The eastbound lanes of Interstate 90 over Snoqualmie Pass opened Thursday night, according to the Washington State Department of Transportation. The pass was closed until 7 p.m. by heavy snow, trees leaning over the roadway and high avalanche danger, transportation department officials.
The westbound lanes will remain closed indefinitely.
Stevens Pass (U.S. Highway 2) reopened to traffic, after an all-morning closure. The department advises traction tires on all vehicles.
Drivers commiserated about interrupted holiday plans on Twitter.
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“Should have just went to El Paso” for the Sun Bowl, one Washington State University Cougar fan wrote.
A WSDOT tweet about the I-90 closure said, “We recognize closing the pass presents a hardship to travelers and don’t do it lightly. Safety has to come first.”
More than 110 inches of snow has fallen in the pass in the past seven days, according to WSDOT. Another 10 to 12 inches of snow was expected through the day, with an additional 7 to 12 inches Thursday night.
Having 25 inches of snow in the past 24 hours, and trees leaning over the roadway and high avalanche risks, led to the closure. Closure points are from Milepost 34 in North Bend to Milepost 106 near Ellensburg.
Snow depths of up to 15 feet have reached the freeway.
A WSDOT blog post says the amount of snow that has fallen on Snoqualmie Pass in the past week is more than a quarter of what would typically fall all winter. New snow hasn’t had a chance to settle and compact, so the chance of avalanches is heightened.
The pass closures come a day after WSDOT advised travelers to wait until Thursday to cross the passes because of heavy snow Wednesday.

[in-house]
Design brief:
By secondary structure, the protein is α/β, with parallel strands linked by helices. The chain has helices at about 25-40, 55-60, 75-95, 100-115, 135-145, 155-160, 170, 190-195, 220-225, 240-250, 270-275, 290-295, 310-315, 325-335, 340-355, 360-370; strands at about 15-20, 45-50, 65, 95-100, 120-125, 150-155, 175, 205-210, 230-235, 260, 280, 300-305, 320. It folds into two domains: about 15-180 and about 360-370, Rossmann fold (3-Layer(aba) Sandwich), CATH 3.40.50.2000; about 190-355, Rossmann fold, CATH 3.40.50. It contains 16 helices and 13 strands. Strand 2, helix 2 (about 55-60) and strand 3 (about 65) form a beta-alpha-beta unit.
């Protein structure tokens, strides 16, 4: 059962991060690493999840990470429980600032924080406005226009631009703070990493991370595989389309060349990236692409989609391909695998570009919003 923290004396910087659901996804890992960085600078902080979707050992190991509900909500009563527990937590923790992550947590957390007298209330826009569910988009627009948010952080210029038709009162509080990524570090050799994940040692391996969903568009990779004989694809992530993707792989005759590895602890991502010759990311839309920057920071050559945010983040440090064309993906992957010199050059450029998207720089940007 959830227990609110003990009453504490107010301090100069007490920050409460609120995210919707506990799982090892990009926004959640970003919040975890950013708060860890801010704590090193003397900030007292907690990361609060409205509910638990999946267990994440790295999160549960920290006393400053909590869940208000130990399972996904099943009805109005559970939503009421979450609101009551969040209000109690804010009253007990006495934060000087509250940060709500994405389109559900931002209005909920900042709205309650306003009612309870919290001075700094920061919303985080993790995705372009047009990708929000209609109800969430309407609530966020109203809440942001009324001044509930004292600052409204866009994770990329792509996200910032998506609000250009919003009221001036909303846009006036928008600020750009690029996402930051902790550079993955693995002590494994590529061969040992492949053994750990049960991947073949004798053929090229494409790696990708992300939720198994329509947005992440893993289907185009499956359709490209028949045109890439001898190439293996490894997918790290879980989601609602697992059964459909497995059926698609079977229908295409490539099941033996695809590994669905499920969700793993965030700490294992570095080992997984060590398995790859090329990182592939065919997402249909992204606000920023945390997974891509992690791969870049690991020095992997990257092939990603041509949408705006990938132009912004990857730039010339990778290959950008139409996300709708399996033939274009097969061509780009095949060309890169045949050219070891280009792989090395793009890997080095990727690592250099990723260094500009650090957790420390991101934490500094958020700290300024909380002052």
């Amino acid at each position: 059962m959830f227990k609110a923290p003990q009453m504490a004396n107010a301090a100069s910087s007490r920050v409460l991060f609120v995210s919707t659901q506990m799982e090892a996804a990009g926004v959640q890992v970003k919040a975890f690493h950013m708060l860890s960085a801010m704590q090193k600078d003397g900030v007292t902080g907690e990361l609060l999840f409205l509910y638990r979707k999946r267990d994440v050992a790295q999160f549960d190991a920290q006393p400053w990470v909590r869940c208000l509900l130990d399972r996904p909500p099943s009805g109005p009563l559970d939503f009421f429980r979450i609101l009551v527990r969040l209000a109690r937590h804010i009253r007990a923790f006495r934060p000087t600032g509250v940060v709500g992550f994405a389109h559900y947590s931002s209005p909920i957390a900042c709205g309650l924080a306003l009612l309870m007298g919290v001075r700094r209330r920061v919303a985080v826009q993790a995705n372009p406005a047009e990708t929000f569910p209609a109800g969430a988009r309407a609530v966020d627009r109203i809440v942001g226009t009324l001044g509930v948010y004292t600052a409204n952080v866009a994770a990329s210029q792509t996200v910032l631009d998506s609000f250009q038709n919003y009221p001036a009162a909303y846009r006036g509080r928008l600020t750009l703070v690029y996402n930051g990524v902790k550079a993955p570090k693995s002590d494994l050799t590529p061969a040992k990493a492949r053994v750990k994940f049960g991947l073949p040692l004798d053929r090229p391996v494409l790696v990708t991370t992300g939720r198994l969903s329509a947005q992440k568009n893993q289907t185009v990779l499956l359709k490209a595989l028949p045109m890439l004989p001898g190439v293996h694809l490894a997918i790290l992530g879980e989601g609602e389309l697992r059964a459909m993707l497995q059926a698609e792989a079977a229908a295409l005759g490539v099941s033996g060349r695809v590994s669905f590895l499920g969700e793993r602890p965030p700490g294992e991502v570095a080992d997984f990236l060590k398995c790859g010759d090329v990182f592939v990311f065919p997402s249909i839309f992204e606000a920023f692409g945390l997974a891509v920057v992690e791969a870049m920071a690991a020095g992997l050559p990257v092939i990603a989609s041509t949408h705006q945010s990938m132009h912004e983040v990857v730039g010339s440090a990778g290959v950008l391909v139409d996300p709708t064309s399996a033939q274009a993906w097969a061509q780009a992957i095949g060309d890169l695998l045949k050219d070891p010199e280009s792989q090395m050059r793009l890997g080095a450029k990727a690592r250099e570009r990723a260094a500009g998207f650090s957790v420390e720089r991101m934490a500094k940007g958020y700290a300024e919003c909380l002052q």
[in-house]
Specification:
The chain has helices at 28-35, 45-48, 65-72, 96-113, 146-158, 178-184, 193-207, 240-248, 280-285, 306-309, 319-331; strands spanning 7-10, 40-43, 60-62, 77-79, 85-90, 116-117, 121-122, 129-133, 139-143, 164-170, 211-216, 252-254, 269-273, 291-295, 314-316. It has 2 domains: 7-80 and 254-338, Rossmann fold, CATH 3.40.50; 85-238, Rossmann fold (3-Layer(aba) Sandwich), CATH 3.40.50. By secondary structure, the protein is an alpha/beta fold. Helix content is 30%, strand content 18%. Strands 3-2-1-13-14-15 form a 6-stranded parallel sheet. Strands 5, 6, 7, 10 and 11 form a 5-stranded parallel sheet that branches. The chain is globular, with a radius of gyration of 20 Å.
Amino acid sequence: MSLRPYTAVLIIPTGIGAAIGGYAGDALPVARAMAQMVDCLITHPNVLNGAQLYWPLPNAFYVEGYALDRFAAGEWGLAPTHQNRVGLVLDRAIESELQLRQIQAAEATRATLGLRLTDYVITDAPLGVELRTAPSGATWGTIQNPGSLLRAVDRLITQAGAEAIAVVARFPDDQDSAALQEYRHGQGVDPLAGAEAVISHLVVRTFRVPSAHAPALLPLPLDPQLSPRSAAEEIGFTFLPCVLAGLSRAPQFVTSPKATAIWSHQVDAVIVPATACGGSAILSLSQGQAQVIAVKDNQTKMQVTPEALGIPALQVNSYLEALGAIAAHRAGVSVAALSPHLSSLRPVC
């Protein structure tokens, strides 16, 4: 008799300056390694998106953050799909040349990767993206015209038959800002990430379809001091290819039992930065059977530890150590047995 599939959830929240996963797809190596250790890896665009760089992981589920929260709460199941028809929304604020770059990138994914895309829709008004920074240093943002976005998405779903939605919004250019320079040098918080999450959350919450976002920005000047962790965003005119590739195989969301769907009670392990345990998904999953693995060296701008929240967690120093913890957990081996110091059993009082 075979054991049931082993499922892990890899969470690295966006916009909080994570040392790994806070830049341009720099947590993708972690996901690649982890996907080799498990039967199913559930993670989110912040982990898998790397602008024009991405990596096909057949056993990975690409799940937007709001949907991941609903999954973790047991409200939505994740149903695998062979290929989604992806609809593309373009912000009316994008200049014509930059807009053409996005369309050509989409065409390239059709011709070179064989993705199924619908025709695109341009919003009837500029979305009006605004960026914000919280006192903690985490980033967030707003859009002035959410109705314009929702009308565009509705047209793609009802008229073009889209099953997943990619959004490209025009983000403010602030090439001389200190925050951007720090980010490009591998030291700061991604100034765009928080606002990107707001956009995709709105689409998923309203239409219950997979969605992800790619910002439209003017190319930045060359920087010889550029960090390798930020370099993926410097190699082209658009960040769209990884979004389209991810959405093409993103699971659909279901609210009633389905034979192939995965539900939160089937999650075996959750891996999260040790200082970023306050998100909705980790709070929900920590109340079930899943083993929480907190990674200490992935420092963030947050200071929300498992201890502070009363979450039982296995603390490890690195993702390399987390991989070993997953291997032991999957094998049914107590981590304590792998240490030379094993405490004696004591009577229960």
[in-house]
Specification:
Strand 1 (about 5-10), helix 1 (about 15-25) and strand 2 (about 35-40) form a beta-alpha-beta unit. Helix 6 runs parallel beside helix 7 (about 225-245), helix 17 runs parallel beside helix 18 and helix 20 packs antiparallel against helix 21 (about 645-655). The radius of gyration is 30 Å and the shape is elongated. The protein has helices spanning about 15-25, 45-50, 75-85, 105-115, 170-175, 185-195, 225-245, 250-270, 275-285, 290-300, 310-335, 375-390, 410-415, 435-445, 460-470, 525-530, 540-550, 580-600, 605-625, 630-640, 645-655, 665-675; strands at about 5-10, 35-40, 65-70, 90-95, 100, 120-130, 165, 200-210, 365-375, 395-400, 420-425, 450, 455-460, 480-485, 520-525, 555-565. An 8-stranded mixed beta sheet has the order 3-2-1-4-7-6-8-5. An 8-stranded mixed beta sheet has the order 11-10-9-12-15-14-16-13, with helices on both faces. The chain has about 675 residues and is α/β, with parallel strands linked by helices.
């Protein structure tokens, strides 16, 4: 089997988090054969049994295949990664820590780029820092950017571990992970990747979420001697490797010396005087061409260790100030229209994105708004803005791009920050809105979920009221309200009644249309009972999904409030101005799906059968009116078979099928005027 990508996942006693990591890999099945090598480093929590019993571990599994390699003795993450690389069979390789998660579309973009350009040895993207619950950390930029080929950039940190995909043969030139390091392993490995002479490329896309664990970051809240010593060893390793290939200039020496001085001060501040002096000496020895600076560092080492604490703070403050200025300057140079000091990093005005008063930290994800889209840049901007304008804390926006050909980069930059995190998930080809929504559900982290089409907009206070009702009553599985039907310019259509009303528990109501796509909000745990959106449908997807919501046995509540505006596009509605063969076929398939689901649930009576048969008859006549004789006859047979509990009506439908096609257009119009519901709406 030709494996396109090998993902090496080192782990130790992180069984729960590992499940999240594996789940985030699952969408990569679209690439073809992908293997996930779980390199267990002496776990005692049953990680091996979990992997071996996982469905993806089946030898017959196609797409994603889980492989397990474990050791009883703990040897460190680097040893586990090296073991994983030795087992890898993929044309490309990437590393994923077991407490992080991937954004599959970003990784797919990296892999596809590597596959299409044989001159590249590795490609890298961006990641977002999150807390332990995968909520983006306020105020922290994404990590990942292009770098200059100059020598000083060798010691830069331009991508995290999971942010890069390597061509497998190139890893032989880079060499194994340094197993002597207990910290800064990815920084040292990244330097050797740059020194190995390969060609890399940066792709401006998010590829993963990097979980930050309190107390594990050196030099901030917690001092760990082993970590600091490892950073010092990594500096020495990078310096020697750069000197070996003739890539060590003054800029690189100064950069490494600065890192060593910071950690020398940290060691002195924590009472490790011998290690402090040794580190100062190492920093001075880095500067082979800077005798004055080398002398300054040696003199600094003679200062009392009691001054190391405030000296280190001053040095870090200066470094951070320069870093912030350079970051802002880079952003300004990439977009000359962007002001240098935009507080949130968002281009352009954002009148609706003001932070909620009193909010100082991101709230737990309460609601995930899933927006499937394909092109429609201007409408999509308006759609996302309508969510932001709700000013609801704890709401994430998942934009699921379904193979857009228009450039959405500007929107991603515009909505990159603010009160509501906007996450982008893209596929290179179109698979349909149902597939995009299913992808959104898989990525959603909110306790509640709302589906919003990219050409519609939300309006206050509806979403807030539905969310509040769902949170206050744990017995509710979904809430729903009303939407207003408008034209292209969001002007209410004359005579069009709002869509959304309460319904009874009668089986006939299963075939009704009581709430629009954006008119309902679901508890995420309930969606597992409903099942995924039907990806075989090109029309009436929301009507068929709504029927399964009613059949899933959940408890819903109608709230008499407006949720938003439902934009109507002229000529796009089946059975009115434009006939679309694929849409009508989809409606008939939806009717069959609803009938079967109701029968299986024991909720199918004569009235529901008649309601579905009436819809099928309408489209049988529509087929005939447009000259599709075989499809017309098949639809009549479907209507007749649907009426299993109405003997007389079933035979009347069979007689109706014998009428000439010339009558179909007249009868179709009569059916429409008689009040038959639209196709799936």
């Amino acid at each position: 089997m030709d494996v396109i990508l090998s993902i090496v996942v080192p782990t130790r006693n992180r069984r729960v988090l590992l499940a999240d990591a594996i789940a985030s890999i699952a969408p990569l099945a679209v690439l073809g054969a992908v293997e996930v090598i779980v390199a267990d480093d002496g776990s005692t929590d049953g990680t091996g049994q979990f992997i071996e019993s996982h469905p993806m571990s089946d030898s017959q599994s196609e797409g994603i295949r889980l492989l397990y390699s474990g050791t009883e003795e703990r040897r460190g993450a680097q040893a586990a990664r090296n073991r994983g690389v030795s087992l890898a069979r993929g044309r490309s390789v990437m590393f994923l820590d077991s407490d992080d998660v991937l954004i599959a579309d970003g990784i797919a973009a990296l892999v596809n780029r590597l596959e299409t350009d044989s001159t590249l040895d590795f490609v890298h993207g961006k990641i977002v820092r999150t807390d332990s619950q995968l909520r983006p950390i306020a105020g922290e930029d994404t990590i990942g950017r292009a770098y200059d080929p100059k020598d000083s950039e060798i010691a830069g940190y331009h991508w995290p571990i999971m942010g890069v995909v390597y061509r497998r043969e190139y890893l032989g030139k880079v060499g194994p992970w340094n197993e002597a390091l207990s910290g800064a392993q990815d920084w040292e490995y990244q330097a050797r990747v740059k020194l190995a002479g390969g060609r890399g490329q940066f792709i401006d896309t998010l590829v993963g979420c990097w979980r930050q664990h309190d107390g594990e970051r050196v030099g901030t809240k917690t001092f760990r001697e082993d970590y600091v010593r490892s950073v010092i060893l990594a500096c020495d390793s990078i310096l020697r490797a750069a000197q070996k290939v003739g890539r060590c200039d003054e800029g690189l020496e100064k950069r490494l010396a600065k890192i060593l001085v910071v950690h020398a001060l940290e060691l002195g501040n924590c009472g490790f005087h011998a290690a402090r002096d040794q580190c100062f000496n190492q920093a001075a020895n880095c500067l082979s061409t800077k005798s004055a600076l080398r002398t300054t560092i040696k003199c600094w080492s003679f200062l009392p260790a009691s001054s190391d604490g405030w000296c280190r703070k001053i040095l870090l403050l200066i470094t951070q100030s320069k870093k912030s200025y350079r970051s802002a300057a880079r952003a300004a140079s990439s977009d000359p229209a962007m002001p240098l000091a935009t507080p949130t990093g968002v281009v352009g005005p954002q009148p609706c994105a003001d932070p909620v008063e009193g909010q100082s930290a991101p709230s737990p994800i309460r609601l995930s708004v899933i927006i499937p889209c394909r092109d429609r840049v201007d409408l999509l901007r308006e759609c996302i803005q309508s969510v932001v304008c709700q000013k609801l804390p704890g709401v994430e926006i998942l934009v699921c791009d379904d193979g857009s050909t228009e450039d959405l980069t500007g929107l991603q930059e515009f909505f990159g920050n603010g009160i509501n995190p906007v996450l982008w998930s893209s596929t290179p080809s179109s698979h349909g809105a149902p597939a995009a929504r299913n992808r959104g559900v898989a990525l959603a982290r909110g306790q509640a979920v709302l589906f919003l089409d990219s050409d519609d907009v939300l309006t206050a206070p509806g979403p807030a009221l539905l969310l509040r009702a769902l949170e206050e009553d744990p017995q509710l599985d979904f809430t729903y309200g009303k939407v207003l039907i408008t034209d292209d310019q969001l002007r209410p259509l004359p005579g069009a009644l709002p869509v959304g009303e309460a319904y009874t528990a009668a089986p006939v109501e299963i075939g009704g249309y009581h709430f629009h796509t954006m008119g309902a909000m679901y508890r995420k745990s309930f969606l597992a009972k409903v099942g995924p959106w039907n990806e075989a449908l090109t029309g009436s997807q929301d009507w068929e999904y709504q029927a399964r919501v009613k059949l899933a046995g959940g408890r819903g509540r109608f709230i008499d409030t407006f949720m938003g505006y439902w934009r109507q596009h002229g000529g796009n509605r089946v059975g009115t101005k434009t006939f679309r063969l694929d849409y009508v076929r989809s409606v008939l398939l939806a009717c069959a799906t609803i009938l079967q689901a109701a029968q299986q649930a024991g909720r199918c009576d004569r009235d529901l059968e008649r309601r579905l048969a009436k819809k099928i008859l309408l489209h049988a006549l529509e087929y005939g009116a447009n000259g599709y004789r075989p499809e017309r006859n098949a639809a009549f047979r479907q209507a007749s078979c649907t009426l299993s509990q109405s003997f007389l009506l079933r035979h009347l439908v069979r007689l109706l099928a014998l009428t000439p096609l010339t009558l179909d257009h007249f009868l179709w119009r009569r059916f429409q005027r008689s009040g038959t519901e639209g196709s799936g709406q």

In addition to Stevens Pass, a number of alternate routes are available to Eastern Washington, including U.S. Highway 12 over White Pass, where chains are required for all vehicles without all-wheel drive. State Route 14 and Interstate 84 through the Columbia River Gorge in Oregon also are alternatives.
A 4:40 p.m. Amtrak train from Seattle to Spokane showed one ticket available as of 1 p.m. Thursday: A $751 Superliner Bedroom with two bunks and an in-room shower and toilet. More choices were available on a 7:25 a.m. train on Christmas Day.
The amount of snow and the number of passes affected, especially for this time of year, are rare, WSDOT officials said Thursday. While crews clear one avalanche chute, up to 5 feet of new snow will fall at one time into another chute.
Crews are watching some 30 avalanche chutes on the hillsides east of I-90, in sites that have a history of snow or rock slides. Five of these sites are next to the former westbound snowshed, which was demolished in 2014. This site, on a curve, is considered the most difficult area to clear, said spokesman Travis Phelps.
Workers on skis have been planting concussion devices to detonate snowbanks. At other sites, a small cannon is used to lob ordnance into slide zones, he said.
In January 2009, Snoqualmie, Stevens and White passes were all closed for a day because of a high avalanche danger.